Tag Archives: H.361

Apology and retraction re: Sunderland essay

Over the weekend, I posted a piece noting that VTGOP chair David Sunderland had sent out an opinion piece castigating H.361, the education reform bill, even though it was the result of Democratic/Republican cooperation and enacted with bipartisan support (and opposition).

My mistake, and my apologies to Sunderland and to VPO readers. He did not write the essay in question — although he did send it out to the VTGOP’s email list. That’s a little surprising given broad Republican support for the bill, but it’s not nearly as strange as it would have been if he’d written the piece.

The essay was actually an Editorial that appeared in the May 27 Times Argus. I first saw it in the VTGOP email blast, and jumped to a conclusion. My fault.

I’m updating the original post with a link to this retraction. I don’t want to delete the post because that would be, IMO, dishonest.

Thanks to Robert Maynard of True North Reports for pointing out my mistake. Sorry I didn’t believe you the first time, Robert.

VTGOP chair throws his own people under the bus

UPDATE: I was mistaken when I wrote this post. The opinion piece was not written by Sunderland; it was a Times Argus editorial. See this new post for details.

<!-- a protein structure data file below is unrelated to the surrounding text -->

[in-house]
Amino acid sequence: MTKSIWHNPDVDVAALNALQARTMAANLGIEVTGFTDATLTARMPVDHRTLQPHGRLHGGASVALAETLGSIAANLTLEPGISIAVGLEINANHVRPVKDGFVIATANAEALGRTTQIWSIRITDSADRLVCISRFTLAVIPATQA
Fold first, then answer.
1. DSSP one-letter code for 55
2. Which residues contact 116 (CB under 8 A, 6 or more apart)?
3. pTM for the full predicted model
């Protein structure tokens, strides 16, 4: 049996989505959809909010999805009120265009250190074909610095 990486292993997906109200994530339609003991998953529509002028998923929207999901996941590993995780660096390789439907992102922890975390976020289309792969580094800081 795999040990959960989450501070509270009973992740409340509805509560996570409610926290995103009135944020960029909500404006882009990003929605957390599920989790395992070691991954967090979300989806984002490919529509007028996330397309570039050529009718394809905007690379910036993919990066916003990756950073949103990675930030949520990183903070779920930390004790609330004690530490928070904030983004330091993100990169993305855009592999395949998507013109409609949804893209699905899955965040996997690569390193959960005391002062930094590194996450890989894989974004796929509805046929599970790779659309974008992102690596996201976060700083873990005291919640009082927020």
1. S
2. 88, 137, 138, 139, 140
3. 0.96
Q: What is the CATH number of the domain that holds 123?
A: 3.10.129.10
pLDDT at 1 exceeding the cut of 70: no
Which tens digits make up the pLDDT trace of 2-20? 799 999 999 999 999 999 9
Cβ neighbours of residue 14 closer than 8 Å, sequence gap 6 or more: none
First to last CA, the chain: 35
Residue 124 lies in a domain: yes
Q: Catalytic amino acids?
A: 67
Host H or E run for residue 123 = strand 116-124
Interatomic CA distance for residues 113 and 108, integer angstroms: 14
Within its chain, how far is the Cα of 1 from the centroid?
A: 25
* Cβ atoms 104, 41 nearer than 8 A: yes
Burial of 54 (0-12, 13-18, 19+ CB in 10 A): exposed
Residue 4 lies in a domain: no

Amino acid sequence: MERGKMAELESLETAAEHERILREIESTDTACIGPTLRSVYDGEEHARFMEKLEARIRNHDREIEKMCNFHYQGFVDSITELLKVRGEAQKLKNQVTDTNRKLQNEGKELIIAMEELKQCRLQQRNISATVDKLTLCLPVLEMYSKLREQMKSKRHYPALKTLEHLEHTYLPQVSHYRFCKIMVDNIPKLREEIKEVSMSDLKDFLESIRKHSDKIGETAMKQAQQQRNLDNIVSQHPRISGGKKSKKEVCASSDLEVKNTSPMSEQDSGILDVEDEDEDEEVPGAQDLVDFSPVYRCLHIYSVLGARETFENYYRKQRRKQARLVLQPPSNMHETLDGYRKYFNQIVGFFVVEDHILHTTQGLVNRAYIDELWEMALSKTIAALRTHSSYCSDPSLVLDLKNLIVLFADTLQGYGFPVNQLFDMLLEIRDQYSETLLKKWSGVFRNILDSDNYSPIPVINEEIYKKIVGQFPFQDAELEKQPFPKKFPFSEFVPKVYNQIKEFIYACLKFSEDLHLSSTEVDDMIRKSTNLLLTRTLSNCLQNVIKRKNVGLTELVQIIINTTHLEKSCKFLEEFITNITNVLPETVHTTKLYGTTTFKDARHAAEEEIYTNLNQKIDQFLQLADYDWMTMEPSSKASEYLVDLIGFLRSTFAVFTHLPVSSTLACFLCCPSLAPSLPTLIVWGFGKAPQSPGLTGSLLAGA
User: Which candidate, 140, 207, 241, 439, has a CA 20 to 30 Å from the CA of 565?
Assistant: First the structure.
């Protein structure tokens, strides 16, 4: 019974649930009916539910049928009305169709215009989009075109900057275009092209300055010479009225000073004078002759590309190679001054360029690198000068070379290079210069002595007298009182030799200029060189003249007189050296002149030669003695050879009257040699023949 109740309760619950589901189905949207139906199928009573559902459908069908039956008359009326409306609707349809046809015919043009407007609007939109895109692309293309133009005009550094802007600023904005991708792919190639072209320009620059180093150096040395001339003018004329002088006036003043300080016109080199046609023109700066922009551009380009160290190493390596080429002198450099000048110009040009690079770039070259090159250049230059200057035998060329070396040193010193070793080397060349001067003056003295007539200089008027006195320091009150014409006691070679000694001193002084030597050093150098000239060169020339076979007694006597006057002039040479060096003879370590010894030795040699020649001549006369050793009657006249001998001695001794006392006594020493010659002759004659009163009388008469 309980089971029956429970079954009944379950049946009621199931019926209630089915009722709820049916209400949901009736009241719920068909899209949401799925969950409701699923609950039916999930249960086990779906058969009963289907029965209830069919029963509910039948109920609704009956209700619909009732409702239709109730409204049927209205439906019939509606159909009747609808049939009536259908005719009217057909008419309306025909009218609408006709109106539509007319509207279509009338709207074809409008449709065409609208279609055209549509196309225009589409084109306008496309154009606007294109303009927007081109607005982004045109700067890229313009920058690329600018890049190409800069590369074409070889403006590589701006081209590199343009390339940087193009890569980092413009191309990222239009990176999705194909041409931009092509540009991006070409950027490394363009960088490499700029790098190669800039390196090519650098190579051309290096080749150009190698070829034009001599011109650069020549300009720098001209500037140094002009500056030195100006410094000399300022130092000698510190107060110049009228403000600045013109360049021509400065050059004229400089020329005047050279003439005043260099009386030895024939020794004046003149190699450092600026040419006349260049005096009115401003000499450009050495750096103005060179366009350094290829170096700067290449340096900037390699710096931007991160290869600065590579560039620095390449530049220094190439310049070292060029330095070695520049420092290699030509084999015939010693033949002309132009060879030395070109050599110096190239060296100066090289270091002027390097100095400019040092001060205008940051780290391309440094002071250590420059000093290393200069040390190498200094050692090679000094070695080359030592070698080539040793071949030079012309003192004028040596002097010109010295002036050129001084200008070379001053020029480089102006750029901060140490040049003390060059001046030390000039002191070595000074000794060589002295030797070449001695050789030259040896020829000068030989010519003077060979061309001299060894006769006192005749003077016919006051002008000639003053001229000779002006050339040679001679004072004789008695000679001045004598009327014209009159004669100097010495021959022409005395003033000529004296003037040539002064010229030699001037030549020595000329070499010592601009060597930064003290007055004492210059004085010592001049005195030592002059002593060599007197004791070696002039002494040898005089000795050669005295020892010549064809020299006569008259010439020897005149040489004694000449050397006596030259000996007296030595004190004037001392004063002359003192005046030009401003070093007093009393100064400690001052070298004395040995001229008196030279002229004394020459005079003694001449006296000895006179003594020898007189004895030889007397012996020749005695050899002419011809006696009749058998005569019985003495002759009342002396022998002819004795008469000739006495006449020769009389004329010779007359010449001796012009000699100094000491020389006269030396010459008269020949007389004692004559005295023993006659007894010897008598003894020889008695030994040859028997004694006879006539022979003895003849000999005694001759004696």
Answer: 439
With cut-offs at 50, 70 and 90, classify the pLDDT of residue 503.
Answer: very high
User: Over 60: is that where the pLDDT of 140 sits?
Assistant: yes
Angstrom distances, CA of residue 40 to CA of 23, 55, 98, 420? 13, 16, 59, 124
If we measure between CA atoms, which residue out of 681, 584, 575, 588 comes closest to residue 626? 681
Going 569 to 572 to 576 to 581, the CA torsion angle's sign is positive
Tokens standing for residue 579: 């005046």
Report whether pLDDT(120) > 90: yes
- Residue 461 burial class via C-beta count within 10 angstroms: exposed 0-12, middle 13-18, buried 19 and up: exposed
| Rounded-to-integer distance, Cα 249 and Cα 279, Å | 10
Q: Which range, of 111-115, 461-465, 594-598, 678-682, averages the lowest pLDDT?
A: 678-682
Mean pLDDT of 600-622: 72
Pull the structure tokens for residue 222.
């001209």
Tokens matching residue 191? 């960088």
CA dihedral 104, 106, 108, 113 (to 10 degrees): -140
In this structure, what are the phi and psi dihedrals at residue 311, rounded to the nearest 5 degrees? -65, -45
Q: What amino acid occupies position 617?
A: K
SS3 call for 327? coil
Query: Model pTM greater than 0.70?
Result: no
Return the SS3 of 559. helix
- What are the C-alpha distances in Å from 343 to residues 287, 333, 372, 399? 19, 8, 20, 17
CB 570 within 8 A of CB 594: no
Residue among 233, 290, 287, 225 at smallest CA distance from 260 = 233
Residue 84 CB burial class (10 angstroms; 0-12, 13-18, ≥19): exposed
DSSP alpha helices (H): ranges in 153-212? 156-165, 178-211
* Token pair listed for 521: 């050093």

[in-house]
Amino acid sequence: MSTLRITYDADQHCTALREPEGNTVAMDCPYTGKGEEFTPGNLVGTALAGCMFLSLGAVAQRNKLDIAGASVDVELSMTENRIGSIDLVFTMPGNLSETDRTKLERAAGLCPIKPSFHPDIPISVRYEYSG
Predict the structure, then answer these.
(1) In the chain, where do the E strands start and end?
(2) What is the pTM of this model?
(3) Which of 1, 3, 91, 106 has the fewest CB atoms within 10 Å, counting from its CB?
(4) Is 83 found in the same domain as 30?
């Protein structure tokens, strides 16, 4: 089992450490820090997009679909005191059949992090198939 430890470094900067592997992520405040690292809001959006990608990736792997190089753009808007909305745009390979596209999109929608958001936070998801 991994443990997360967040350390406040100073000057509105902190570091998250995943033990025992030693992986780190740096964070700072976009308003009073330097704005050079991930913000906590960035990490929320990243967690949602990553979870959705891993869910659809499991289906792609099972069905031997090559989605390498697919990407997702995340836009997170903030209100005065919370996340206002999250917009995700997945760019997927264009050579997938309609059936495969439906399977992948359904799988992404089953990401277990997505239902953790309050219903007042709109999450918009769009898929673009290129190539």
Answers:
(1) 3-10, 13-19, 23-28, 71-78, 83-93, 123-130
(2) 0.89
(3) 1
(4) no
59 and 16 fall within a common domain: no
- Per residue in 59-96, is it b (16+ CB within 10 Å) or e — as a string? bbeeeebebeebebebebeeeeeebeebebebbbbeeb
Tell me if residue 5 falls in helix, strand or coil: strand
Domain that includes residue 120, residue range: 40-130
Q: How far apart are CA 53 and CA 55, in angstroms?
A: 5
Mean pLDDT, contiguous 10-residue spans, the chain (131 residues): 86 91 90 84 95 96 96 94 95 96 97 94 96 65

Vermont Republican Party chair David Sunderland, having been eerily quiet during the bulk of this year’s legislative session, is now throwing around boilerplate press releases and opinion pieces like there’s no tomorrow.

A recent missive, published in the May 27 Times Argus, castigates H.361, the education reform bill, as “a mess of a bill,” a “coercive regime,” the result of a “panicked” legislature. He claims the bill “will raise property taxes” (nonsense) and introduce inequity to what he called the “painstaking and thorough quest” that resulted in the adoption of Act 60 in 1997.

Which is funny in itself, because Republicans have been loudly beating the drum for repeal of Act 60 and its 2003 amendment, Act 68. Sunderland may be too young to recall that Act 68 was adopted because of severe problems with Act 60. But hey, if he views the halcyon days of Act 60 through rose-colored glasses, that’s his right. Of course, he may be completely alone in his nostalgia.

But that’s not the real story here. The most significant, nay stunning, aspect of his essay is that H.361 was a bipartisan bill. It was a cooperative effort of Democrats and Republicans in the House Education Committee, and it passed the Legislature with substantial Republican support. In the House, 23 Republicans — almost half the caucus — voted for H.361, including House Minority Leader Don Turner and Assistant Leader Brian Savage.

Continue reading